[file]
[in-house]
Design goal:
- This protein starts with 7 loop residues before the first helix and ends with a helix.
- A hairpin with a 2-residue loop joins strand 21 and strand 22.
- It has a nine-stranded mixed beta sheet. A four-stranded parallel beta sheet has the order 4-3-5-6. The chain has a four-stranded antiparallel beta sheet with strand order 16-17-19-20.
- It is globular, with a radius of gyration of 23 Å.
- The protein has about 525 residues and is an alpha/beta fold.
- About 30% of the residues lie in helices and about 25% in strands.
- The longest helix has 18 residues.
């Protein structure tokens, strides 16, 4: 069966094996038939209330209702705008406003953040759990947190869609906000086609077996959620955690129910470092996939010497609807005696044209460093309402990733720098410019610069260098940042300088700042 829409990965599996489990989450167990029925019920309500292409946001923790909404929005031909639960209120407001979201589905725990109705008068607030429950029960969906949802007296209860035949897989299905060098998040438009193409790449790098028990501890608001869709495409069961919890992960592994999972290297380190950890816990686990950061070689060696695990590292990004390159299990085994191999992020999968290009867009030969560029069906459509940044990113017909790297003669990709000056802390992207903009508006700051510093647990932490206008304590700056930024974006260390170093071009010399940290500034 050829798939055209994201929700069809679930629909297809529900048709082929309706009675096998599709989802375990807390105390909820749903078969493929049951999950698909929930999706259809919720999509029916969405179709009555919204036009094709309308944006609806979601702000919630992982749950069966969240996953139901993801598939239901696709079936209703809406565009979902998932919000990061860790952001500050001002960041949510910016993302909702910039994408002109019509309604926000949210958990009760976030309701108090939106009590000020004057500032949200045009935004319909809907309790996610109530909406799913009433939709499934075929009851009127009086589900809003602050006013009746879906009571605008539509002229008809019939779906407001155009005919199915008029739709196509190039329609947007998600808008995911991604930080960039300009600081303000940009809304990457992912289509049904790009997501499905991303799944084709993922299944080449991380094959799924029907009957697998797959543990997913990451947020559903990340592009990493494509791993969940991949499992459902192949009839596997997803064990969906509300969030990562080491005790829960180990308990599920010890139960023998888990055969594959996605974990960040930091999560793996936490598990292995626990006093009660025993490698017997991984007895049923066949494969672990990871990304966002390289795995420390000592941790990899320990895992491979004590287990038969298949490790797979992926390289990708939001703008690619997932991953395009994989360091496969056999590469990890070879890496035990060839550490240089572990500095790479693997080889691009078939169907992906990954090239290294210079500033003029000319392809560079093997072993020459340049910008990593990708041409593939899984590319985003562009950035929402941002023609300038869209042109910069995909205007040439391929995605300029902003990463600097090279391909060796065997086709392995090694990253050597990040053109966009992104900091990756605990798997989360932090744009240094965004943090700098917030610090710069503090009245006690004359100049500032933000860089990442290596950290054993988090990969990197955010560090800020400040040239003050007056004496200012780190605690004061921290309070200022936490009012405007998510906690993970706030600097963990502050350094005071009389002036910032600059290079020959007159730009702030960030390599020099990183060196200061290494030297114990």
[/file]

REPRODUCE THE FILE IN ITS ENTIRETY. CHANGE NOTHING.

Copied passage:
[in-house]
Design goal:
- This protein starts with 7 loop residues before the first helix and ends with a helix.
- A hairpin with a 2-residue loop joins strand 21 and strand 22.
- It has a nine-stranded mixed beta sheet. A four-stranded parallel beta sheet has the order 4-3-5-6. The chain has a four-stranded antiparallel beta sheet with strand order 16-17-19-20.
- It is globular, with a radius of gyration of 23 Å.
- The protein has about 525 residues and is an alpha/beta fold.
- About 30% of the residues lie in helices and about 25% in strands.
- The longest helix has 18 residues.
């Protein structure tokens, strides 16, 4: 069966094996038939209330209702705008406003953040759990947190869609906000086609077996959620955690129910470092996939010497609807005696044209460093309402990733720098410019610069260098940042300088700042 829409990965599996489990989450167990029925019920309500292409946001923790909404929005031909639960209120407001979201589905725990109705008068607030429950029960969906949802007296209860035949897989299905060098998040438009193409790449790098028990501890608001869709495409069961919890992960592994999972290297380190950890816990686990950061070689060696695990590292990004390159299990085994191999992020999968290009867009030969560029069906459509940044990113017909790297003669990709000056802390992207903009508006700051510093647990932490206008304590700056930024974006260390170093071009010399940290500034 050829798939055209994201929700069809679930629909297809529900048709082929309706009675096998599709989802375990807390105390909820749903078969493929049951999950698909929930999706259809919720999509029916969405179709009555919204036009094709309308944006609806979601702000919630992982749950069966969240996953139901993801598939239901696709079936209703809406565009979902998932919000990061860790952001500050001002960041949510910016993302909702910039994408002109019509309604926000949210958990009760976030309701108090939106009590000020004057500032949200045009935004319909809907309790996610109530909406799913009433939709499934075929009851009127009086589900809003602050006013009746879906009571605008539509002229008809019939779906407001155009005919199915008029739709196509190039329609947007998600808008995911991604930080960039300009600081303000940009809304990457992912289509049904790009997501499905991303799944084709993922299944080449991380094959799924029907009957697998797959543990997913990451947020559903990340592009990493494509791993969940991949499992459902192949009839596997997803064990969906509300969030990562080491005790829960180990308990599920010890139960023998888990055969594959996605974990960040930091999560793996936490598990292995626990006093009660025993490698017997991984007895049923066949494969672990990871990304966002390289795995420390000592941790990899320990895992491979004590287990038969298949490790797979992926390289990708939001703008690619997932991953395009994989360091496969056999590469990890070879890496035990060839550490240089572990500095790479693997080889691009078939169907992906990954090239290294210079500033003029000319392809560079093997072993020459340049910008990593990708041409593939899984590319985003562009950035929402941002023609300038869209042109910069995909205007040439391929995605300029902003990463600097090279391909060796065997086709392995090694990253050597990040053109966009992104900091990756605990798997989360932090744009240094965004943090700098917030610090710069503090009245006690004359100049500032933000860089990442290596950290054993988090990969990197955010560090800020400040040239003050007056004496200012780190605690004061921290309070200022936490009012405007998510906690993970706030600097963990502050350094005071009389002036910032600059290079020959007159730009702030960030390599020099990183060196200061290494030297114990």